Note: This blog post is directed to those who are of Required Minimum Distribution age in 2020 (i.e., those who turned 70 ½ in 2019), as well as those who have Beneficiary IRAs.
When the Coronavirus Aid, Relief, and Economic Security (CARES) Act passed in March of this year, Required Minimum Distributions (RMDs) became waived for the year 2020.
However, the legislation raised more questions than it answered. The early birds who took their RMDs in January seemed to be excluded from the RMD waiver, and Beneficiary IRA holders who had already taken their RMD anytime before the CARES Act passed also seemed to be excluded.
The new Internal Revenue Service guidelines released on June 23rd clear up these and other questions regarding the 2020 RMD waiver.1
Any distribution taken on or after January 1, 2020 that would have counted towards the now-waived RMD (including Beneficiary IRA RMDs) can be returned to the account.
The June guidelines also announced that the deadline to return any unwanted RMD taken at any time in 2020 is extended to August 31, 2020, or 60 days after receipt of the distribution, whichever is later. If you had already taken your RMD in 2020, and you have determined that this RMD is not wanted, please contact our office before August 31st to initiate a return contribution of your unwanted RMD.
Whether you should return an unwanted RMD is another matter. For some people, it might be a good idea to retain the not-required distribution, especially if they are in a low tax bracket in 2020. For those who wish to reduce income for the year to reach a lower tax bracket, returning the unwanted RMD may be the best course of action.
One additional option for traditional IRA owners who have taken an unwanted RMD this year is to convert this distribution to a Roth IRA. Roth conversions are taxable, and in this case would need to be done before August 31st. Note that this option is not available to Beneficiary IRA holders.3
Here we answer some frequently asked questions about the RMD waiver, according to the June IRS guidelines:
- What are my options if I have already taken my RMD in 2020?
- If you took your full or a partial amount of your RMD at any time on or after January 1st 2020, you can a) take no action if you needed or wanted the distribution or b) return any amount (up to the total of what would have been your 2020 RMD) of the unwanted distribution back into your account at any time before the August 31, 2020 deadline.
- What if I took more than my RMD amount for 2020?
- Only the amount that would have counted towards the now-waived 2020 RMD can be returned before the August 31st
- Can a Beneficiary IRA holder return an unwanted RMD?
- Normally, 60-day rollovers cannot be done for Beneficiary IRAs, but this rule can be ignored for the year 2020. If a Beneficiary IRA holder took an unwanted RMD at any time in 2020, they can return the distribution before August 31st.
- What if I have already done a 60-day rollover in the past 12 months? Isn’t there a limit of one 60-day rollover per year?
- The IRS is not including returns of unwanted RMDs in the once-per-year 60-day rollover rule. So even if you have done a 60-day rollover in the past year (not RMD-related), you can return your unwanted RMD to your account any time before August 31st.
- What if I take monthly distributions to complete my RMD? What are my options?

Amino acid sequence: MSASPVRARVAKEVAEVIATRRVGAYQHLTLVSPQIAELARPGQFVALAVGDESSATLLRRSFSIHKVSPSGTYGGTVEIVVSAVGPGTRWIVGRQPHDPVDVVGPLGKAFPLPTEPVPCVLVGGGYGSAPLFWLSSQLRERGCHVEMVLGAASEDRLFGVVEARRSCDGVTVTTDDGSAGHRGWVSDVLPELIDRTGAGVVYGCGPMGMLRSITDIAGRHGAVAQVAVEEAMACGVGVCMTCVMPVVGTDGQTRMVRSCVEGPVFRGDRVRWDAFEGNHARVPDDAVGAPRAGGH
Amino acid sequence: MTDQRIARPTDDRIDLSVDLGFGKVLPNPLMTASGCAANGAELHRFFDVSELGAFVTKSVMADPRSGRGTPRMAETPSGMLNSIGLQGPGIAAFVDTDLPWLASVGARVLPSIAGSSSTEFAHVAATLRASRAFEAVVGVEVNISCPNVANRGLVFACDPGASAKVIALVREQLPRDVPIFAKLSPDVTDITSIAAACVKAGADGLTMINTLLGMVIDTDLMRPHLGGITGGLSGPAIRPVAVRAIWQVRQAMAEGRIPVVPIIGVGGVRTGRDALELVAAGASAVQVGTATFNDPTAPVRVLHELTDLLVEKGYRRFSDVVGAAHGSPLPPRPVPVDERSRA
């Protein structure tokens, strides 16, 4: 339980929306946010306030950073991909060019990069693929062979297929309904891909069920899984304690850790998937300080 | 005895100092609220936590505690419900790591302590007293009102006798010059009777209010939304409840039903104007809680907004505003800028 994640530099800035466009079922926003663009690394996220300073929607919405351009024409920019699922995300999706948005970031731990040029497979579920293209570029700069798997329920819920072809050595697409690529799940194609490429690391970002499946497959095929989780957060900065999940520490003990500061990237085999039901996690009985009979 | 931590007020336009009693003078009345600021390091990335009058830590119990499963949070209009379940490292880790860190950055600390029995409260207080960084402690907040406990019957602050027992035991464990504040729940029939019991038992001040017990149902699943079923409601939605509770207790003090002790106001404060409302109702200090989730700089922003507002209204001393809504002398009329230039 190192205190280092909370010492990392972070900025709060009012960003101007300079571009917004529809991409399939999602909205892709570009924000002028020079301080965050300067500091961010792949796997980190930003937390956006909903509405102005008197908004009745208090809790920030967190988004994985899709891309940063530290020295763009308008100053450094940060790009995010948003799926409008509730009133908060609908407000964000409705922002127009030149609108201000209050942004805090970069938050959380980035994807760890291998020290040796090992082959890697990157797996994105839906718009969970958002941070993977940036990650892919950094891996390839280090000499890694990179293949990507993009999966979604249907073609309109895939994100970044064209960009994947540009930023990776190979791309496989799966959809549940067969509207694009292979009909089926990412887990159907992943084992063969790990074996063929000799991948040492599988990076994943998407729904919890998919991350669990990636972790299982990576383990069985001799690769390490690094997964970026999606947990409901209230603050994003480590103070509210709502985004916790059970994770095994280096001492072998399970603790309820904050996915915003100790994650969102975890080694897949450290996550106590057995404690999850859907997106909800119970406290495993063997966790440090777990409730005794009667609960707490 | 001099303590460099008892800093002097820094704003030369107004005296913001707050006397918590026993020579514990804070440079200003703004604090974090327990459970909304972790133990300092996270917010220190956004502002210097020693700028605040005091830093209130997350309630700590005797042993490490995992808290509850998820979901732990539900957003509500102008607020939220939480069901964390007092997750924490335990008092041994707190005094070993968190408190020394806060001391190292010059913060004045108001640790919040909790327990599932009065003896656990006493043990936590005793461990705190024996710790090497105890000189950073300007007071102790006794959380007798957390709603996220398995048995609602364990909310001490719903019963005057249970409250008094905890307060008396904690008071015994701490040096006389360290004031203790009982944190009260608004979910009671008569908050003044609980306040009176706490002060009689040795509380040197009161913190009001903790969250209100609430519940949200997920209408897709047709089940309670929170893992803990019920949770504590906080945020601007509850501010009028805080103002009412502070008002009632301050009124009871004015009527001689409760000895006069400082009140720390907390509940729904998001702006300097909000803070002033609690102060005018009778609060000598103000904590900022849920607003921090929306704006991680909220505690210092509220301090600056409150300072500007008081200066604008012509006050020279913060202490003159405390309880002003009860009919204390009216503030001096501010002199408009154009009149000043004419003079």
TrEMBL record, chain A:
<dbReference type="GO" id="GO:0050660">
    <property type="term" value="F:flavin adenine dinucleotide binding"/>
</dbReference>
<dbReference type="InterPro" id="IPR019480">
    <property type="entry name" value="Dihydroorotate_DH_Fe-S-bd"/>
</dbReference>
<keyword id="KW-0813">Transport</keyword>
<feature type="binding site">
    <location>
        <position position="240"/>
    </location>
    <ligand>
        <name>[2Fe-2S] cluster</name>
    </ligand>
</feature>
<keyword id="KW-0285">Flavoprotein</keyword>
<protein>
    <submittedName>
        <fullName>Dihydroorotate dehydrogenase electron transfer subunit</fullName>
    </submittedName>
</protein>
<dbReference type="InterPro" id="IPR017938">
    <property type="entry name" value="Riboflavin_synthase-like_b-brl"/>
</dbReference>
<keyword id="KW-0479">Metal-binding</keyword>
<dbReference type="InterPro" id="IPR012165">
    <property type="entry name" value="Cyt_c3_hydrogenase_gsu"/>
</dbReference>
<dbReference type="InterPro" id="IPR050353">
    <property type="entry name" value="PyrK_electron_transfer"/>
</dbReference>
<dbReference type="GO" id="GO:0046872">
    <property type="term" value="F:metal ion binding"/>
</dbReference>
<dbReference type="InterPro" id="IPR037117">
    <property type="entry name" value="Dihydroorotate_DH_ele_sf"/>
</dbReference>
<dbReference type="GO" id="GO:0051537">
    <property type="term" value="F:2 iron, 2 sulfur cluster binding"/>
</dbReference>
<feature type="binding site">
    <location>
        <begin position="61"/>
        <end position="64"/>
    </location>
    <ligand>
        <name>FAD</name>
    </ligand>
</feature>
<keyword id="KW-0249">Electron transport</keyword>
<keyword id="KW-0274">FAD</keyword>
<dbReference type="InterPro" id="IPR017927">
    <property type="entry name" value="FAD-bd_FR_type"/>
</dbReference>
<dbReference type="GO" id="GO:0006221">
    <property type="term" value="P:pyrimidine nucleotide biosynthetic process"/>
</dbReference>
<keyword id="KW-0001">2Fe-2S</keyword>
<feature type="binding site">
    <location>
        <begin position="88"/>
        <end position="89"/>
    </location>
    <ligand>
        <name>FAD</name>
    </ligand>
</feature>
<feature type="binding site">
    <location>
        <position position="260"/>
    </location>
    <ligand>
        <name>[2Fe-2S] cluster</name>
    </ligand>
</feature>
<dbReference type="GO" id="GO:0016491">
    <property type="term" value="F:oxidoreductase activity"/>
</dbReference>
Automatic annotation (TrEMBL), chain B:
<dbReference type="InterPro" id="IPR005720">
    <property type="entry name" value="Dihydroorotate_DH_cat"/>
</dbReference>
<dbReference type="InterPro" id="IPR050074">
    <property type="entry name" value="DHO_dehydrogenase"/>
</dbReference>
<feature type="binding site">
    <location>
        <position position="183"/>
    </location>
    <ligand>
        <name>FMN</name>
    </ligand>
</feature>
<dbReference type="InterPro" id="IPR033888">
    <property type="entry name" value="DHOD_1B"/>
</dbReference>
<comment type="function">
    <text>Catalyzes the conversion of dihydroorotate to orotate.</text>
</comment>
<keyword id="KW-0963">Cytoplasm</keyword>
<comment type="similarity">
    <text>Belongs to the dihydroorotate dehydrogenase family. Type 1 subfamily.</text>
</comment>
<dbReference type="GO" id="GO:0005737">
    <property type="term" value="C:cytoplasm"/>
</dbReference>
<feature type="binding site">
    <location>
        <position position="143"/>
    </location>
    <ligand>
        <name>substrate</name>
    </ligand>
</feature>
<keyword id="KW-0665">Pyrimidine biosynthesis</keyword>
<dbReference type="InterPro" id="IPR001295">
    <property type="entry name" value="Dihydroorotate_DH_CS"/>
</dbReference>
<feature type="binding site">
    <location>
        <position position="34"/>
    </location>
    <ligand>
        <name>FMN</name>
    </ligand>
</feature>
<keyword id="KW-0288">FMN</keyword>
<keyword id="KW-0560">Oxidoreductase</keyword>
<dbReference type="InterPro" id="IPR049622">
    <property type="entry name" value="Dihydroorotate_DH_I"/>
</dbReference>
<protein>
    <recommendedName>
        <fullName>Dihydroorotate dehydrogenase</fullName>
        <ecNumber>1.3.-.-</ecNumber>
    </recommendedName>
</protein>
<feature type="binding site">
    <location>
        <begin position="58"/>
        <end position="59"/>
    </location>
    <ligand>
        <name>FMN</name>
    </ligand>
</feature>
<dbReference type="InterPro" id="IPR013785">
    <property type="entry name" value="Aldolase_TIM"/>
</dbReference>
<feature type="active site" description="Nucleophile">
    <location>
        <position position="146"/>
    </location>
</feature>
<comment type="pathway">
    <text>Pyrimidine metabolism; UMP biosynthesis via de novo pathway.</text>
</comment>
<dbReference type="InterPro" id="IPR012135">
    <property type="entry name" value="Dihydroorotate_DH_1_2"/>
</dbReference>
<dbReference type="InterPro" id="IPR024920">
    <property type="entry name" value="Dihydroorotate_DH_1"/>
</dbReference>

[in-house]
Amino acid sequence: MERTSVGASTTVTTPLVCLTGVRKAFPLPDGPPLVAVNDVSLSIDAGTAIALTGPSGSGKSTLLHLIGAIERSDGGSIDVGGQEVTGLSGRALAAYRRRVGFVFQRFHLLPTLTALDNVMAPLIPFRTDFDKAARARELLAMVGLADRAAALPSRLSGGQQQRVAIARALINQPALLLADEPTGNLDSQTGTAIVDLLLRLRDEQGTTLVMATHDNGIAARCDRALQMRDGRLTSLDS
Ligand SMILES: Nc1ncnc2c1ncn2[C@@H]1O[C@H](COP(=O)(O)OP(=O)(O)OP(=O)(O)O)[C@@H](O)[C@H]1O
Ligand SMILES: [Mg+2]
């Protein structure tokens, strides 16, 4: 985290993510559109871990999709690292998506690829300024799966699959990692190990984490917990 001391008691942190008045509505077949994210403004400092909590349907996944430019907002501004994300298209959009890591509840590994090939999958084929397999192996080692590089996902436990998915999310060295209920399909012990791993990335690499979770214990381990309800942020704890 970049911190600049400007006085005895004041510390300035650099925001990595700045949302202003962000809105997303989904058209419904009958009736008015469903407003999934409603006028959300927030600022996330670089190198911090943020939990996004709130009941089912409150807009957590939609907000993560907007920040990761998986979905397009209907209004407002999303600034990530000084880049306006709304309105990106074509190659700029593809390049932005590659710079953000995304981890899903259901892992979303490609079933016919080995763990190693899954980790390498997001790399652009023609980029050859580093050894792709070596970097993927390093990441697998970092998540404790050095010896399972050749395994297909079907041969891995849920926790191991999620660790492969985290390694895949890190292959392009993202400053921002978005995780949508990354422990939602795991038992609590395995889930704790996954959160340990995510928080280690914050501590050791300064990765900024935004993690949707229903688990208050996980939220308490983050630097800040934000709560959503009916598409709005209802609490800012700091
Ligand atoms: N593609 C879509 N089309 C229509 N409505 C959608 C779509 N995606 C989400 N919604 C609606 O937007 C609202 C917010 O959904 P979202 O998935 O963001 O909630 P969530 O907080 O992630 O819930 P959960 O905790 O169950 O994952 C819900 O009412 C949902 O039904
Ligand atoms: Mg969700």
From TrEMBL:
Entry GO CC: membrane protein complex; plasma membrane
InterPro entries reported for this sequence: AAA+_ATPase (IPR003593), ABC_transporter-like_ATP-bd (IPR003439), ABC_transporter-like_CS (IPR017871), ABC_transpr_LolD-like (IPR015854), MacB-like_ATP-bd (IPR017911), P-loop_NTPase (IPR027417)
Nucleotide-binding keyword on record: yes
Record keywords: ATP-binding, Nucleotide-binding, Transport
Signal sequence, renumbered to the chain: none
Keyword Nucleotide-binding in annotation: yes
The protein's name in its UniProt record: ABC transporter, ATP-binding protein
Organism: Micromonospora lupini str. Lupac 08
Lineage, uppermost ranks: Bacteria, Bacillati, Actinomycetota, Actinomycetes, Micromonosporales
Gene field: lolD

- Monthly distributions taken in 2020 can be returned to the account in a lump sum one-time transaction, or in multiple transactions, any time before August 31st. The return contribution(s) can be in any amount up to the total 2020 RMD amount taken year-to-date.
- Does this waiver and rollover rule include RMDs taken from 401ks and other non-IRA retirement plans?
- Yes, the Notice 2020-51 specifies that this waiver and rollover rule applies to Defined Contribution Plans. However, these rules do not apply to Defined Benefit Plans.
- What if I complete a rollover of my unwanted RMD, and when I report this for my 2020 taxes, the IRS says this is not allowed?
- Financial Plans & Strategies keeps records of all clients’ RMD amounts for each year. If the IRS questions your unwanted RMD rollover when you file your 2020 taxes, we can provide the amount of the 2020 waived RMD and refer to IRS Notice 2020-51 that the rollover is allowed.
- What will happen with 2021 RMDs?
- You should plan to have to take a Required Minimum Distribution in 2021 if you turned 70 ½ in 2019 or earlier or 72 in 2020 or later. Note that if you decided not to take what would have been your RMD in 2020, it is possible that your 2021 RMD will be a higher amount.
- What if I have made a Qualified Charitable Distribution (QCD) in 2020?
- QCDs are related to RMDs in that they count towards an RMD, but you can still make QCDs at any point after age 70 ½, even if RMDs are waived. These still count as non-taxable distributions to charity.
If you have any other questions about the 2020 RMD waiver and the rollover (return of distribution) rules, or if you wish to return an unwanted RMD, please call our office at 317-882.7675.
- Internal Revenue Service. “Notice 2020-51.” June 23, 2020. https://www.irs.gov/pub/irs-drop/n-20-51.pdf
- com. “New Rollover Rules For Unwanted 2020 RMDs Under IRS Notice 2020-51… Welcome Relief And A Troubling Precedent.” June 25, 2020. https://www.kitces.com/blog/irs-notice-2020-51-unwanted-rmd-rollover-relief-beneficiary-inherited-ira-precedent/
- Financial Planning Magazine. “A CARES Act RMD bonus for retirement savers.” Ed Slott. July 10, 2020. https://www.financial-planning.com/news/cares-act-retirement-planning-bonus-unwanted-rmds-can-be-returned